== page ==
Joining us again today is guest blogger Tony Kawaguchi, a Honolulu resident who usually blogs about Hawaii Real Estate at www.AlohaTony.com.
Brasserie Du Vin
By Tony Kawaguchi
“The French know a thing or two about food.” That’s what my British friend said when I suggested French food for our next “foodie” outing. I feel sorry for people who aren’t foodies, usually limiting their dining to a few very simple staple dishes, never venturing into the daring and new as we would at Du Vin on Bethel St last night. Never enjoying so many of the great tasting things God created for us to combine and explore, they have a somewhat uninteresting culinary life.
You would hardly know there is a great French Brasserie in Downtown Honolulu, and we hardly found it, with the almost invisible sign and the dimly lit dining room with no host to greet us, and nearly no parking nearby. Maybe that’s why it was kind of empty, or maybe it’s because it was a Monday night.
Du Vin isn’t showy, doesn’t feel very five-star, and doesn’t try too hard, which is the feel they are going for with no table cloths and very simple wooden tables that are kind of rickety. The simple French-ish décor isn’t impressive, but it’s French. The food though, was definitely was impressive.
If you’ve never heard or spoken any French, the menu is by nature, foreign in parts, which is always exciting for a foodie. They’re not French fries, they’re “Pommes frites,” and they aren’t mussels, they’re “Moules.” The entire menu is full of items that you don’t see a lot in Hawaii. How about some escargot?
We chose both – the Escargot in herbed garlic green butter for $12, and the Moules frites – Salt spring mussels steamed in white wine, garlic and herbs, topped with pommes frites for $15.
The Escargot came in this nice 6 serving dish with a tasty green herb that we couldn’t place. The sauce was so good that we asked for more bread to soak it all up. Tender, juicy, full of flavor but not overwhelmed by the sauce as some escargot are.
By far my favorite dish of the evening was the mussels. In the past I’ve had mussels with too much sauce or mayo or whatever they want to put on it, so that you lose the flavor of the mussel for all the sauce. This wonderful creation had just enough white wine and garlic to enhance the flavor, but not so much that you lost anything of the actual meat. I’ve had mussels maybe 20-30 times in my life, and this was the best I’ve ever had, hands down.
This sauce also got sopped up with even more bread. Two great dishes with two great sauces. I ate one herbed frites after each mussel for a great contrast between the flavors. The mussels were as tender as a warm marshmallow, while the fries were crisp and hot. I love the combination of textures and flavors in this dish.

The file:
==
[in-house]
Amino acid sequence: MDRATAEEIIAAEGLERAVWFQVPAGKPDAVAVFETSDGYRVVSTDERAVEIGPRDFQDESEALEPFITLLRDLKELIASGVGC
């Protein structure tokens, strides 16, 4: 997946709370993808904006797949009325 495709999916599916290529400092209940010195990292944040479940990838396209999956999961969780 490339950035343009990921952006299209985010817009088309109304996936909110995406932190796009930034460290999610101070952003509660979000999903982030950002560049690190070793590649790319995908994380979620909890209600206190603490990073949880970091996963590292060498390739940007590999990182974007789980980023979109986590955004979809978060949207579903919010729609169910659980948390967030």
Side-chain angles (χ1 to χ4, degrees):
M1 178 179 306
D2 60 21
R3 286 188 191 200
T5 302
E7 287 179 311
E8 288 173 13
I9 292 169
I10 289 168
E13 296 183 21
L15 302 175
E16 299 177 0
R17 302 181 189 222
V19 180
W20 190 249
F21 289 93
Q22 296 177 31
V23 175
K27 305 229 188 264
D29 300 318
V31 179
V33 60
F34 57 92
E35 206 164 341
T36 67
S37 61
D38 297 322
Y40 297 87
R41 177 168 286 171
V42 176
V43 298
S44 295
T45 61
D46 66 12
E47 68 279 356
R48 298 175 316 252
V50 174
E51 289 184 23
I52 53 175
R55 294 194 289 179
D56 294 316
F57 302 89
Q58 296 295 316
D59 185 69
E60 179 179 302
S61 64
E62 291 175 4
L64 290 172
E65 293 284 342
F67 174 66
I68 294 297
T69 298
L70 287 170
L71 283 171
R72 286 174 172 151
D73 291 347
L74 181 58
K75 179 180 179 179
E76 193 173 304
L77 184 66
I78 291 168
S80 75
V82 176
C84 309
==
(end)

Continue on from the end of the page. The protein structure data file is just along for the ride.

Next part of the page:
Our first entrée was thoroughly French. Grilled Quail served with fresh oranges, fennel, mixed greens and an almond-mint reduction for $18. My friend informed me that oranges and fennel is a classic French combination, one that I had never tried before.
Quail is a tiny bird, so small you feel like you could eat three of four of them. It isn’t like chicken at all if you’re wondering. The meat had a more firm texture, and the grilling made it crispy on the outside for another nice combination of textures.
As my pallet has matured over the years I’ve grown to love the contrast of tangy, savory and sweet that comes from adding some fruit to a dish like this. There are a half dozen completely different flavors and textures in this dish, which is what makes it such a foodie’s delight.
Our second entrée was a grilled flat iron steak with roasted shallot aioli and pommes frites. Since none of us (including the server) were sure which cut “flat iron” referred to, we had low expectations when we ordered it. But as my wife had just run the half marathon this weekend, she was eager to eat some red meat.
The steak, as it turned out, was as tender as you could hope for, perfectly prepared to a medium rare finish, pink throughout. A perfect steak is evenly finished like this, not having very rare and very well done parts in the same cut. Just enough spices to highlight the meat, but not too much that it was unbalanced. The greens weren’t that interesting, and we were getting tired of the fries by this point. But that was our mistake for ordering two dishes with fries. Oops, I mean frites.
By now we had been in this dark brasserie for over 2 hours, which is normal for a French dinner I suppose, but somehow we still had room for dessert. We chose this Crème Brulee, which we all enjoyed thoroughly. Sometimes this dish can be too soft or too firm, but not tonight. Another perfect blend of textures, with the firm crack of the torched sugar over crème. It was everything you could hope for in a great Crème Brulee.
I thought for sure we were done at this point, but my gaming (and still not full) companion ordered the Chef’s selection plate of cheeses, which of course is a very French finish. This fantastic sampling consisted of Manchego, Taleggio, Gouda, Gorgonzola & Genoa Salami for $18, served with crackers, mustard, cranberries, walnuts, and some pickled veggies.
With this final plate, we were combining flavors that created the most amazing blend of taste bud pleasure. A piece of hard sharp cheese with a sweet, moist cranberry? Wow. Spicy salami, a walnut, and mustard? I think I might come back here just for cheese and drinks. My friend was right, French people do know a few things about food!
Our bill added up to about $120, not too bad for a party of 4 celebrating my wife’s big accomplishment. I’ll definitely return to Du Vin, and probably between 4-6pm when Happy Hour provides many of these items at half price.
4 Spam Musubi rating! ::
Brasserie Du Vin
1115 Bethel St
Honolulu, HI 96813
The Tasty Island rating:
(4) Excellent. Worth another visit or purchase. (Winnahz!)